The header part specifies that the text between the { and the } should be applied to all element tags called header.

background-color sets the background color of the element. CSS allows several ways to specify colors. Until you need the others, I recommend sticking with “hexadecimal” colors.

height allows you to specify how many pixels tall the element should be.

Fixing Default Browser Styles

You should now see that the header isn’t at the top of the page and doesn’t expand fully to the left and right edges. This is due to browsers having a “user agent stylesheet”.

If you open the Developer Tools and select the <body> element you’ll see it has margin: 8px set by default. There are quite a few default styles applied to different HTML elements. In this assignment, we will manually reset any of these as it becomes necessary.

See this summary of the CSS margin property. The margin property is used to create space around elements.

<style>
body { margin: 0; }
header { background-color: #3f51b5; height: 64px; } </style>

This removes any margins from the body element and then you can see it looks as it should.

Adding an Image to the Page

Images are one of the fundamental building blocks of a web site. Adding one is as simple as using the <img> tag.

The image we will be adding is a logo in the center of the header. Below is the current engram logo that you can right click and download, or you can use any other image you like.

<header>
    <img src="img/logo.png" width="48px" height="48px" />
</header>

Our logo now shows up inside the header with a height and width of 48px. Unfortunately, it’s postioned incorrectly.

HTML Elements, by default, are positioned from top to bottom and left to right.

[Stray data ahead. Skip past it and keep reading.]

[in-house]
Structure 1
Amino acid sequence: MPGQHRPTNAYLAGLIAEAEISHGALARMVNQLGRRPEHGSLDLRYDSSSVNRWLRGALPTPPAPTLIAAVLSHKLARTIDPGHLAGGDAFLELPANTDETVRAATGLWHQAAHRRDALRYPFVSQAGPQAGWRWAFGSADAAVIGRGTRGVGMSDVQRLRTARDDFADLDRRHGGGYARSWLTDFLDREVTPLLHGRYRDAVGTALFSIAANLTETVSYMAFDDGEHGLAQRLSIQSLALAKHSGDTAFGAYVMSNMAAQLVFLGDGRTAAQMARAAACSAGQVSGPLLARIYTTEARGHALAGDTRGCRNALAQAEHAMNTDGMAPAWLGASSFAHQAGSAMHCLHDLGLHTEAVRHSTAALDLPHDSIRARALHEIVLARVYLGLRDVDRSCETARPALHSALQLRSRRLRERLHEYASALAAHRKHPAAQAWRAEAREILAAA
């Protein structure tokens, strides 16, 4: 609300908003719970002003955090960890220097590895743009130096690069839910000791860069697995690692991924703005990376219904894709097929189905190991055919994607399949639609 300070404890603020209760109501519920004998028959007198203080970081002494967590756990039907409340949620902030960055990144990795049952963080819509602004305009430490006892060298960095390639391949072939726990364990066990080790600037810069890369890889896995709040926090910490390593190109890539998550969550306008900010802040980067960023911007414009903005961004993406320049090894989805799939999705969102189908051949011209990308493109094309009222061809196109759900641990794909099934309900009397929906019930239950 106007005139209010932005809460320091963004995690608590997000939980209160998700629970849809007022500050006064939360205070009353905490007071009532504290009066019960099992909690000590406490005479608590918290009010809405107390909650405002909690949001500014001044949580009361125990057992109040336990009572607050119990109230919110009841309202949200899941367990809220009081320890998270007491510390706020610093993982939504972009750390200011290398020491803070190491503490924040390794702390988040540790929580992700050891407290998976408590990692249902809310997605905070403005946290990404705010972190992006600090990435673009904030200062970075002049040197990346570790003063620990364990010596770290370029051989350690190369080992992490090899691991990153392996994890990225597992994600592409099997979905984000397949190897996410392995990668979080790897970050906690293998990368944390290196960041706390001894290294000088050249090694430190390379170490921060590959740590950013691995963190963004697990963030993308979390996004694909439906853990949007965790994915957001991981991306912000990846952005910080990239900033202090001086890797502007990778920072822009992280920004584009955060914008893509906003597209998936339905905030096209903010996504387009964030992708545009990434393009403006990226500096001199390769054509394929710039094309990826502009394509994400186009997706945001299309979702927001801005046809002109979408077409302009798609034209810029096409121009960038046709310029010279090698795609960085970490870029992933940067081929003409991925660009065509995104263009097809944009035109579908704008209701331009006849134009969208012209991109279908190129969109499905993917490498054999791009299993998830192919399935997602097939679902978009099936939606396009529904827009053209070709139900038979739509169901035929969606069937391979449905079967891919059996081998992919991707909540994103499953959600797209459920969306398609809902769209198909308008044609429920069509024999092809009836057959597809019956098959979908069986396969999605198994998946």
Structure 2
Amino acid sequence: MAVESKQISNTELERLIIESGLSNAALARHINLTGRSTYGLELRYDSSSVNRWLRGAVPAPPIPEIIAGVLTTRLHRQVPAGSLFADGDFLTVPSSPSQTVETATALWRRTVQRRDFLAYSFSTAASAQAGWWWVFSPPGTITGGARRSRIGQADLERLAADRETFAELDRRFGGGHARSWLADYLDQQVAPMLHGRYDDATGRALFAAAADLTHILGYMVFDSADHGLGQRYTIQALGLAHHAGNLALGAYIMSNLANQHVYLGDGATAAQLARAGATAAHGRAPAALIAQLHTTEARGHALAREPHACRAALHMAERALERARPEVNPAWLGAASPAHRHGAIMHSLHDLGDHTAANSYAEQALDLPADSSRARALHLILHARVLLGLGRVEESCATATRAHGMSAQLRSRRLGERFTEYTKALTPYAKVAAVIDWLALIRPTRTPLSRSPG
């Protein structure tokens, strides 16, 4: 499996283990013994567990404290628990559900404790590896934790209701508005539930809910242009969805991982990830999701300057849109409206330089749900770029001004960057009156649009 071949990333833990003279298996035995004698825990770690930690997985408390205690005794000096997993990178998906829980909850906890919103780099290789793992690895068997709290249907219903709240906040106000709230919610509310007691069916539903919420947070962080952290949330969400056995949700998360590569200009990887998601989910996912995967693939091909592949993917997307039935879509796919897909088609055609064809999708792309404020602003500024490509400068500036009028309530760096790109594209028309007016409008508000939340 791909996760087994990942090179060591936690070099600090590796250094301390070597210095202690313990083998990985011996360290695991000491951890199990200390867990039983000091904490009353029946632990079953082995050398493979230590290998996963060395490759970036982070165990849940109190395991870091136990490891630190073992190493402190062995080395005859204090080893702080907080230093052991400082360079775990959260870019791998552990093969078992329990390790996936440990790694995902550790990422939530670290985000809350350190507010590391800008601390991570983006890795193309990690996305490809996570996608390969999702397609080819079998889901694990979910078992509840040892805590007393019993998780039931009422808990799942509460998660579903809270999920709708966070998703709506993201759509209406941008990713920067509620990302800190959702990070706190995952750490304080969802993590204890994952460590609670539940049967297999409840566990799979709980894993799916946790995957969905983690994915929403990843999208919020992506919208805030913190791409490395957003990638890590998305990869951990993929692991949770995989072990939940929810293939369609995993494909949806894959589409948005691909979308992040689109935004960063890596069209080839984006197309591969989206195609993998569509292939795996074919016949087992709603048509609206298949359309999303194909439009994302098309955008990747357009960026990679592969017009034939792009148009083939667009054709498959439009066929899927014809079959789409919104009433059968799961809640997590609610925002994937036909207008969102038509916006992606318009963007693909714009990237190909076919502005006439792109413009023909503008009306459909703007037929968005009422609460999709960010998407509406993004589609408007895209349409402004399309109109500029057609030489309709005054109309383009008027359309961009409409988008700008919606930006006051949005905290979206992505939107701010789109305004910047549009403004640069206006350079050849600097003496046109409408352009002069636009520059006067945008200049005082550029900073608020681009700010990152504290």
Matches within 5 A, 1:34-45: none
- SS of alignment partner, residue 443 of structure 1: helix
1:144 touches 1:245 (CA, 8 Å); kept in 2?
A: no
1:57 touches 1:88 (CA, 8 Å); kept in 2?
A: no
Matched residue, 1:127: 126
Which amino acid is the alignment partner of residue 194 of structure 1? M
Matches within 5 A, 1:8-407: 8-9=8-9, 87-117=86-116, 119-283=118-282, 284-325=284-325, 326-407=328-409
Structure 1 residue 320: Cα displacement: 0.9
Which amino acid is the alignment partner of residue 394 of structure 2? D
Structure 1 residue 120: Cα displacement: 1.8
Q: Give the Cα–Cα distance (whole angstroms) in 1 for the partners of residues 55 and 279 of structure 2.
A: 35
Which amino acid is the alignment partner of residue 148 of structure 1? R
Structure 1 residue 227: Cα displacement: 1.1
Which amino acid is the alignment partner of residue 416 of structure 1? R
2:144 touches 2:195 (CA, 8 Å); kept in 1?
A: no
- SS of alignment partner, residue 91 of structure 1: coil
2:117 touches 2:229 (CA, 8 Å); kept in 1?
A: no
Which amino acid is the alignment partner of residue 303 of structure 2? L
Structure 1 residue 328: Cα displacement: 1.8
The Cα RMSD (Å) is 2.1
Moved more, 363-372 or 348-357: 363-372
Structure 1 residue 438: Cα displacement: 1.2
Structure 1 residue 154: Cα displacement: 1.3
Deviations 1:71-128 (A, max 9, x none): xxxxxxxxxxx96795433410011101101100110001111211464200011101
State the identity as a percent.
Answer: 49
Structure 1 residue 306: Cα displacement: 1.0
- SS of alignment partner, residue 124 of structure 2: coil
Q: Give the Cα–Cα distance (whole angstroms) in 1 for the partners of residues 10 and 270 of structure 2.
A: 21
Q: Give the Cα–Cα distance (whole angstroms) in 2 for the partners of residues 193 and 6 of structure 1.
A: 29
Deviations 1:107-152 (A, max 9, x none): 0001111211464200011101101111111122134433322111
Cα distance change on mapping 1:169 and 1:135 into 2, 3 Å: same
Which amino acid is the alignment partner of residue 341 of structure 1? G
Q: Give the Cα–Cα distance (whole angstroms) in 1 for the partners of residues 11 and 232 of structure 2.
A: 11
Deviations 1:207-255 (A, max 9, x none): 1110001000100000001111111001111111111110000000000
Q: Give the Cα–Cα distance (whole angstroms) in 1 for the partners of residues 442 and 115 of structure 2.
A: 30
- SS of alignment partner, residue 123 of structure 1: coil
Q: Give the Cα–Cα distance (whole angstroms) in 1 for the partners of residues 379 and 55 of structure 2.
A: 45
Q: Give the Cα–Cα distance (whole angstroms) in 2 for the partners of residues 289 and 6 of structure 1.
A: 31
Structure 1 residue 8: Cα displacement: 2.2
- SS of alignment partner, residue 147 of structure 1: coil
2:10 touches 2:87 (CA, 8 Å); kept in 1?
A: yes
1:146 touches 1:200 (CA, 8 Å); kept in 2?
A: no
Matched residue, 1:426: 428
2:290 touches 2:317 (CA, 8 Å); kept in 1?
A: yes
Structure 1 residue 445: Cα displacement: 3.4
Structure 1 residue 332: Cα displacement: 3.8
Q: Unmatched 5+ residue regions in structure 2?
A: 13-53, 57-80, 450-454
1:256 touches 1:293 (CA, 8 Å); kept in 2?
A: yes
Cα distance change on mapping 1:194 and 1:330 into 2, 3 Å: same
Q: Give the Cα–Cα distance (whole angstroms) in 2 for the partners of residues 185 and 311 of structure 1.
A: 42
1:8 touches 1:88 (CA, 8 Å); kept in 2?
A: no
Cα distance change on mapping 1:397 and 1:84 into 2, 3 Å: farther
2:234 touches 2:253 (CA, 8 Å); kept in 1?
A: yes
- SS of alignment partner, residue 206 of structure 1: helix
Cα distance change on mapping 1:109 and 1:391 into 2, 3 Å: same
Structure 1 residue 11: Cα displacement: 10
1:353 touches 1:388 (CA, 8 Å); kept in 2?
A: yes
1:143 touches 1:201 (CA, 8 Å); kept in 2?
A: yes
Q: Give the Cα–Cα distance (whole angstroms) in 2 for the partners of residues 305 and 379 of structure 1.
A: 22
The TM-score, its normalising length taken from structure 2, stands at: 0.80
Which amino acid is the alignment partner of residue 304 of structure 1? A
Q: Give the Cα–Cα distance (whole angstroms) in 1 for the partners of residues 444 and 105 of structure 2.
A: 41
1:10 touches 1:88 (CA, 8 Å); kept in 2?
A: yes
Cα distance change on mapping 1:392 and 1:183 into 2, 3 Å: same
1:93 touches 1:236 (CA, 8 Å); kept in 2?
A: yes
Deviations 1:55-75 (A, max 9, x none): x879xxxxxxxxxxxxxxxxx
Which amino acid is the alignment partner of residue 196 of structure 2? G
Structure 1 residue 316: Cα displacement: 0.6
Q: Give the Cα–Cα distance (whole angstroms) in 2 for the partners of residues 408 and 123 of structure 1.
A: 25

In order to center it, we will use the CSS Flexbox Module. This is a very powerful layout tool within CSS. It is worth giving that entire chapter a read to get introduced to some of the different kinds of things flexbox allows you to do.

header {
    background-color: #3f51b5;
    height: 64px;
    display: flex;
    align-items: center;
    justify-content: center;
}

display: flex; tells the element to render with the flex layout. align-items: center; vertically aligns the image inside the header. justify-content: center; horizontally centers the image inside the header element. Try removing and re-adding each of these to see how this affects the rendering of the element.

Centering content horizontally and vertically with CSS is often used as an interview question to determine whether someone has a firm grasp of CSS concepts. Prior to flexbox, it was a bit more difficult, but hopefully you can appreciate how simple the 3 lines of CSS above are.

And with that we have successfully completed our header.

Move the Text Input to the Bottom of the Page